“Art has its own particular narrative, which is not just about illustrating a given fact,” Mr. Hou said. “It is about imagination and a kind of independence.”

Mr. Hou, artistic director at Maxxi, the National Museum of the 21st-Century Arts, in Rome, joined Ms. Weng on studio visits in Beijing, Shanghai, Guangzhou, Nanjing and Hangzhou, starting in October 2015. In the end, they chose five individual artists, Zhou Tao, Chia-En Jao, Kan Xuan, Sun Xun and Tsang Kin-Wah; the team Sun Yuan & Peng Yu; and the three-member Yangjiang Group, most of whom will be making their American debuts.

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Xiaoyu Weng, one of the curators of “Tales of Our Time,” and the Robert H.N. Ho Family Foundation associate curator of Chinese art at the Guggenheim Museum.CreditDavid Heald/Solomon R. Guggenheim Foundation, New York 

Sun Xun, a 36-year-old Beijing artist who has already shown in New York at the Sean Kelly Gallery, prepared several mural-size scrolls onto which his hand-drawn animations will be projected, offering a surrealistic look at his hometown, Fuxin, a coal-mining capital in northeast China that has fallen into decline. The Yangjiang Group — Zheng Guogu, 46; Chen Zaiyan, 45; and Sun Qinglin, 44 — is creating an interactive tea garden for the circular gallery overlooking Central Park, with a blood pressure station for visitors to measure the calming effect the installation has on their senses.

For the Taipei artist Mr. Jao, 40, the exhibition was a chance to complete a video, “Taxi,” that he has been contemplating for several years. For this work, he surreptitiously recorded conversations with taxi drivers en route to politically charged sites around the city. From a group of 60, he chose to concentrate on five who specifically spoke of the history of their destinations from personal experience. “Through this project, I get to view not brainwashing, but how things imprint on our memory,” Mr. Jao said in a telephone interview.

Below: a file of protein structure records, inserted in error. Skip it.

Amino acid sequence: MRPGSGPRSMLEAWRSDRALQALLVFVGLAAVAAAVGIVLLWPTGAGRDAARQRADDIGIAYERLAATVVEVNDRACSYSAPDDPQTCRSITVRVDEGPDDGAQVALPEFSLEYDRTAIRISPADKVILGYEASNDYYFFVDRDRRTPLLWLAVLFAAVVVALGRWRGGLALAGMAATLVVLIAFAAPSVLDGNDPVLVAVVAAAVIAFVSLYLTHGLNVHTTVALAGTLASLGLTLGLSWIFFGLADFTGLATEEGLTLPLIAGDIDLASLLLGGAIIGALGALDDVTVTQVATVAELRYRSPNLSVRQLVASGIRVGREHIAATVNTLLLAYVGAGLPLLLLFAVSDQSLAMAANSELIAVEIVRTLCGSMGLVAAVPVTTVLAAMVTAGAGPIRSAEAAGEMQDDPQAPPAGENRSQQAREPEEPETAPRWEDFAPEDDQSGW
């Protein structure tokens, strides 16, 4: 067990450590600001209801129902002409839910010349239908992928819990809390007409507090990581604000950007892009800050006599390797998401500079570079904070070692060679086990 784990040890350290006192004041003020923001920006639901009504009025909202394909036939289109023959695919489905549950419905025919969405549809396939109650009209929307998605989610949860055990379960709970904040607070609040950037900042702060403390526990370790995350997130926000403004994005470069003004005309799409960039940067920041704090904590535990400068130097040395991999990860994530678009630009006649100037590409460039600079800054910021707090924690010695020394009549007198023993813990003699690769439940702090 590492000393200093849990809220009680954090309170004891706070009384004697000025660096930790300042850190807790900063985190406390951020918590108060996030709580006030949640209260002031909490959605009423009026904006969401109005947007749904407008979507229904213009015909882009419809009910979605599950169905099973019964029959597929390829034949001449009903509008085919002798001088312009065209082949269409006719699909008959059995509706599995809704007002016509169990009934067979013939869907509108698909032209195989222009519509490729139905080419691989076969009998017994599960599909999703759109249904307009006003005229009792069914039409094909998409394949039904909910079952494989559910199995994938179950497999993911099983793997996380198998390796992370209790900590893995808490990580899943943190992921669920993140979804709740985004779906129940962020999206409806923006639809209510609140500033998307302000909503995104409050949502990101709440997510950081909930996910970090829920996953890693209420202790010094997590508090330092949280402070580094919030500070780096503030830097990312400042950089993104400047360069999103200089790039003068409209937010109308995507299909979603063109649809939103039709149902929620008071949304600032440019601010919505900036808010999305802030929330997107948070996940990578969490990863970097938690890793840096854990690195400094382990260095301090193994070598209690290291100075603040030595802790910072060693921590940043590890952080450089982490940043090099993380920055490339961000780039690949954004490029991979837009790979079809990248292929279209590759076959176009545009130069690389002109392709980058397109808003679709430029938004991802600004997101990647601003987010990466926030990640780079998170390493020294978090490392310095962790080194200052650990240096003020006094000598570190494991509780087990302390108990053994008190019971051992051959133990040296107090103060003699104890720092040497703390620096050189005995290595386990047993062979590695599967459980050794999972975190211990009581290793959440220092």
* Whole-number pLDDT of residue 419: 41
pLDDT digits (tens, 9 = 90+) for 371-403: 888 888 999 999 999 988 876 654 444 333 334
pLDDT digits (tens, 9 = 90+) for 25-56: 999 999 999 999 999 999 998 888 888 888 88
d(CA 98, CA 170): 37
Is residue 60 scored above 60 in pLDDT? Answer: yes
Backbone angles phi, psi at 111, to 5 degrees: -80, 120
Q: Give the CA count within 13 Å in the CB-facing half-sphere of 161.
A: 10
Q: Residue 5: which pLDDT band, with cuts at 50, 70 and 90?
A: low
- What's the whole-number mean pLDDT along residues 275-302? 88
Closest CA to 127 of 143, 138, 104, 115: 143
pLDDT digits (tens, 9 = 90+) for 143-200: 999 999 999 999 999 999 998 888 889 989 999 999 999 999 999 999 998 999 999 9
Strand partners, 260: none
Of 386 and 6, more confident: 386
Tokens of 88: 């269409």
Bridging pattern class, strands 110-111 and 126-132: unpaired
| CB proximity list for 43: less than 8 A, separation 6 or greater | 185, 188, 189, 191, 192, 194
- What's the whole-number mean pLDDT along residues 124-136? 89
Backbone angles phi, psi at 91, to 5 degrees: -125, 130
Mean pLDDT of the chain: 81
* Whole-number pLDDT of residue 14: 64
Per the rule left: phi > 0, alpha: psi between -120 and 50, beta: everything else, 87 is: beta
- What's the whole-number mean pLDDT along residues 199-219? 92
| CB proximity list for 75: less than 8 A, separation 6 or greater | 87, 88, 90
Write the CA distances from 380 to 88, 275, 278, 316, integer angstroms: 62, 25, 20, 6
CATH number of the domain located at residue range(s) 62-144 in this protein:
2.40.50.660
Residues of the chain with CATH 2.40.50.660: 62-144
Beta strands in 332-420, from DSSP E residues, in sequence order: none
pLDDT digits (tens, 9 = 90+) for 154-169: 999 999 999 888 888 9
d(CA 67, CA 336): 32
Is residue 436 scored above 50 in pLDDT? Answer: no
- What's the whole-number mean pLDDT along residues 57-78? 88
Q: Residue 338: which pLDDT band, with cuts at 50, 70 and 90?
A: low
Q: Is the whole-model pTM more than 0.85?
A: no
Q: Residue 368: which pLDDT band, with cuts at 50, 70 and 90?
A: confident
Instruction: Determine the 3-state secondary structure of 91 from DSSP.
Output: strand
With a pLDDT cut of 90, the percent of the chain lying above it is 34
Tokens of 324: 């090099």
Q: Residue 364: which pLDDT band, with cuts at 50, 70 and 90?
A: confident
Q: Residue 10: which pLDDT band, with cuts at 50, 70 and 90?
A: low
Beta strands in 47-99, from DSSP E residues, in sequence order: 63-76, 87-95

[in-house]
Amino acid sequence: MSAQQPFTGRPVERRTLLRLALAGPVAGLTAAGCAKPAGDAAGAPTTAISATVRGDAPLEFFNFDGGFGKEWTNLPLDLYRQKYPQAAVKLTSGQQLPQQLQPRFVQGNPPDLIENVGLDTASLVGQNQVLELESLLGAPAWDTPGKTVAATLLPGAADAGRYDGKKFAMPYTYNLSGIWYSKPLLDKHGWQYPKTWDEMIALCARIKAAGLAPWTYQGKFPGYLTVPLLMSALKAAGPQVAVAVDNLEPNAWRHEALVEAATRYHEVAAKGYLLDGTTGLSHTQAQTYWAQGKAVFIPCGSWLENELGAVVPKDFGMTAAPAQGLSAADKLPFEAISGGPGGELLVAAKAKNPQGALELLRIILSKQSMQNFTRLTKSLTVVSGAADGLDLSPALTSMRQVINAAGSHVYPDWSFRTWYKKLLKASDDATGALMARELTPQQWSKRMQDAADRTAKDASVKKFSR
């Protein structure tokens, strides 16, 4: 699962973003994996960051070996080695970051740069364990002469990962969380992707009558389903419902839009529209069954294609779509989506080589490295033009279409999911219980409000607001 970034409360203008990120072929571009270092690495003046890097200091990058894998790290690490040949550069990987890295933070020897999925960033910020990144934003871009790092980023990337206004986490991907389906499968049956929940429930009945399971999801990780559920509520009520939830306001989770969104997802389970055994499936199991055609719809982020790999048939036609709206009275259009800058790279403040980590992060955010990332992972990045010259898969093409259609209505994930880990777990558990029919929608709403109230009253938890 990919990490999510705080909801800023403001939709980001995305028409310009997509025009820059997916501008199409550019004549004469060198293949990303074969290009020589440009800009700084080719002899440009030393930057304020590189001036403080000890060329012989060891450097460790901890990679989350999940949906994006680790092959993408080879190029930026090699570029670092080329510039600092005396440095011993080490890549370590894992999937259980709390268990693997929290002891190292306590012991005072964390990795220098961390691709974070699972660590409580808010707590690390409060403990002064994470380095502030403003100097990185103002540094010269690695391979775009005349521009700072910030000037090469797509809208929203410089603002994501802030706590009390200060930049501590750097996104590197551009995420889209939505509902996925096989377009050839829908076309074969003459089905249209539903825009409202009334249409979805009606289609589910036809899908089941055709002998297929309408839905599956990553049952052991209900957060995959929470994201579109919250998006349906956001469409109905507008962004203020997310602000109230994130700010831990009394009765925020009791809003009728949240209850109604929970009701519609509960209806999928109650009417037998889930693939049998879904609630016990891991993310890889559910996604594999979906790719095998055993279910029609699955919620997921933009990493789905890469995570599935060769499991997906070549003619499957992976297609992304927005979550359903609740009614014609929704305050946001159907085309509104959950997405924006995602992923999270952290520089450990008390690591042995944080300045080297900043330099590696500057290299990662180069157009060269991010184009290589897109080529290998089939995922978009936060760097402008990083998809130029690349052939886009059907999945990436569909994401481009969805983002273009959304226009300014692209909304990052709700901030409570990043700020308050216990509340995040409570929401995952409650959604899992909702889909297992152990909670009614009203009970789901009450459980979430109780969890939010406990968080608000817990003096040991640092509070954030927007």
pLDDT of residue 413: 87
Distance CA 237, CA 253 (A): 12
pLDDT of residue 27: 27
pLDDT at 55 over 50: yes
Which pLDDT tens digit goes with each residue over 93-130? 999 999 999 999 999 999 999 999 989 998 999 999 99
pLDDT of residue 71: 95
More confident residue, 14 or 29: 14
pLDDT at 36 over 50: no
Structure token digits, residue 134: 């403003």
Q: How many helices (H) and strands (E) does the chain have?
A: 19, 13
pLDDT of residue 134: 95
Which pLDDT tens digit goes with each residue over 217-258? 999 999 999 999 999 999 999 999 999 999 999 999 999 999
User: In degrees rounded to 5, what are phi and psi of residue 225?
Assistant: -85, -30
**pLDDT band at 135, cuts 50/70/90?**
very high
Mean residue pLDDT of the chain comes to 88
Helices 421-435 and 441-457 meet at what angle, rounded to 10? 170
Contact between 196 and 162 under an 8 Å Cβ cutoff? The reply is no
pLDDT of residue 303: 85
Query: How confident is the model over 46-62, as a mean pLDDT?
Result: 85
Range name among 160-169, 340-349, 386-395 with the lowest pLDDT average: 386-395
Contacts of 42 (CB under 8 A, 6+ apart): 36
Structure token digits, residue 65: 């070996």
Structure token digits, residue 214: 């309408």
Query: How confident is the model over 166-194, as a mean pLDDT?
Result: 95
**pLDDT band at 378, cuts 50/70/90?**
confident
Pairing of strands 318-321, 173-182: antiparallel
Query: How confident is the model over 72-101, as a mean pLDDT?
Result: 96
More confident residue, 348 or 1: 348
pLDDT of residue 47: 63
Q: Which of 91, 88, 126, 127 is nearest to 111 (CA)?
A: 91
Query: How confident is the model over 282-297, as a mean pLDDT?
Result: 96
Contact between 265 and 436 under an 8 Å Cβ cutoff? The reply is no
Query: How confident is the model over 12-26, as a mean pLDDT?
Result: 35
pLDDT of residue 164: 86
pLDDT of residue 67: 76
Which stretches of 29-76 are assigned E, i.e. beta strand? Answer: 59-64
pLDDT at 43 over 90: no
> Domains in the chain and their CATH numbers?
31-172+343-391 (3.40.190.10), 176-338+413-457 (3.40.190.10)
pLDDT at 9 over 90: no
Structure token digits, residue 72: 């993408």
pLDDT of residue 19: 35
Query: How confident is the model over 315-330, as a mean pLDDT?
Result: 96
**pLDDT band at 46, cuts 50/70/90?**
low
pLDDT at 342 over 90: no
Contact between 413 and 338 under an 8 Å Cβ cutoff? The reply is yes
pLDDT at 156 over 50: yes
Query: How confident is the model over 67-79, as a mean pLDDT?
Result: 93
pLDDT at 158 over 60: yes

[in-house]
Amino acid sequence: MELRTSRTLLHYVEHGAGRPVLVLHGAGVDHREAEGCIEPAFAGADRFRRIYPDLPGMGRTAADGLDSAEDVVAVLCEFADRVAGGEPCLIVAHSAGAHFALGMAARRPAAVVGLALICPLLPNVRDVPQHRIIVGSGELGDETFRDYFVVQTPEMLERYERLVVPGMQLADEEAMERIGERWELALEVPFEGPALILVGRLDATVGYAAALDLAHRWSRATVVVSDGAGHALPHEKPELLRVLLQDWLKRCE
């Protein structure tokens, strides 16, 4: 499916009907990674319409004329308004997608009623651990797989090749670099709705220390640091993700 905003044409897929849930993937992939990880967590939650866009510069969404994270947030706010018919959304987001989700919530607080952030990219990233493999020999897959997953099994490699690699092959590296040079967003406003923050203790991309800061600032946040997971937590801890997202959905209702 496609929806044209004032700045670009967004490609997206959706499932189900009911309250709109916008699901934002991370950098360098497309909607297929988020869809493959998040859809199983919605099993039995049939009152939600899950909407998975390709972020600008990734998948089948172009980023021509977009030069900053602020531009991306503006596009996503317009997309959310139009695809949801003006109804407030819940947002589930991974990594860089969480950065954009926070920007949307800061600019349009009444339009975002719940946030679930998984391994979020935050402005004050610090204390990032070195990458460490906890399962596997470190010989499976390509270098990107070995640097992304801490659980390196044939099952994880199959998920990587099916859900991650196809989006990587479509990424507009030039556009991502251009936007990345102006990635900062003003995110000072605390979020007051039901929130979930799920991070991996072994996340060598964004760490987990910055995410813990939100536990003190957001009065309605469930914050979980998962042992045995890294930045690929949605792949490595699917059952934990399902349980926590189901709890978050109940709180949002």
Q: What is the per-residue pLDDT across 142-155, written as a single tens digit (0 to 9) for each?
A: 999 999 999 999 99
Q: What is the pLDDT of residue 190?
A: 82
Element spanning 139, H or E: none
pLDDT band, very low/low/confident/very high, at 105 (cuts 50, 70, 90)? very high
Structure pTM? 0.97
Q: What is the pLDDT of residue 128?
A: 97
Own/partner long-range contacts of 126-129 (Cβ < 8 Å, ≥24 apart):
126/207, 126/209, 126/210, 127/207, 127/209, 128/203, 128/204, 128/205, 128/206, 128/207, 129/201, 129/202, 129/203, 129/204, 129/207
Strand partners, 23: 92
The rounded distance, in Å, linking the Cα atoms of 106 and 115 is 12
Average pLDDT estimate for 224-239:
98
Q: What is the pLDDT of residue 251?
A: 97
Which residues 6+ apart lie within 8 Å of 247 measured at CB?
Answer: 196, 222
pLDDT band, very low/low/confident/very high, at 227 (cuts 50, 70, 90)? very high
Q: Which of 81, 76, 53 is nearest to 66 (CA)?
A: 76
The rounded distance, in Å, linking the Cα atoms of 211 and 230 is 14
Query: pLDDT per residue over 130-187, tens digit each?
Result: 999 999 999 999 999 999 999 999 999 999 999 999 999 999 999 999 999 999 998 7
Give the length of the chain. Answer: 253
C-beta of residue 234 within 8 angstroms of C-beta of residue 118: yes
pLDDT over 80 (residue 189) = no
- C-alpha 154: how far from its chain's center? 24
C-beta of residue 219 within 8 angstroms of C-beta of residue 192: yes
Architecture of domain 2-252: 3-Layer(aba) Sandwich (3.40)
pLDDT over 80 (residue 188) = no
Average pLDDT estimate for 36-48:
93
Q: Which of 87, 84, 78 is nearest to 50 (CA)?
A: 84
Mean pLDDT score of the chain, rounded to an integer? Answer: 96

Ms. Kan, 44, another artist from Beijing and one of two women in the exhibition, also completed a long-term project, based on extensive travels throughout China to 110 ruins of ancient cities. Her multimedia installation “Ku Lue Er” plays videos on 11 screens compiled from the thousands of images she shot on her mobile phone during her journey. Mr. Hou and Ms. Weng recall their visit to her studio as one of their favorites; in contrast to the luscious images they were seeing, Ms. Kan’s cramped apartment, which served as her studio, was in a rundown building, unlike the vast spaces that many successful Chinese artists inhabit. They reviewed work and listened for more than five hours as her ideas poured forth.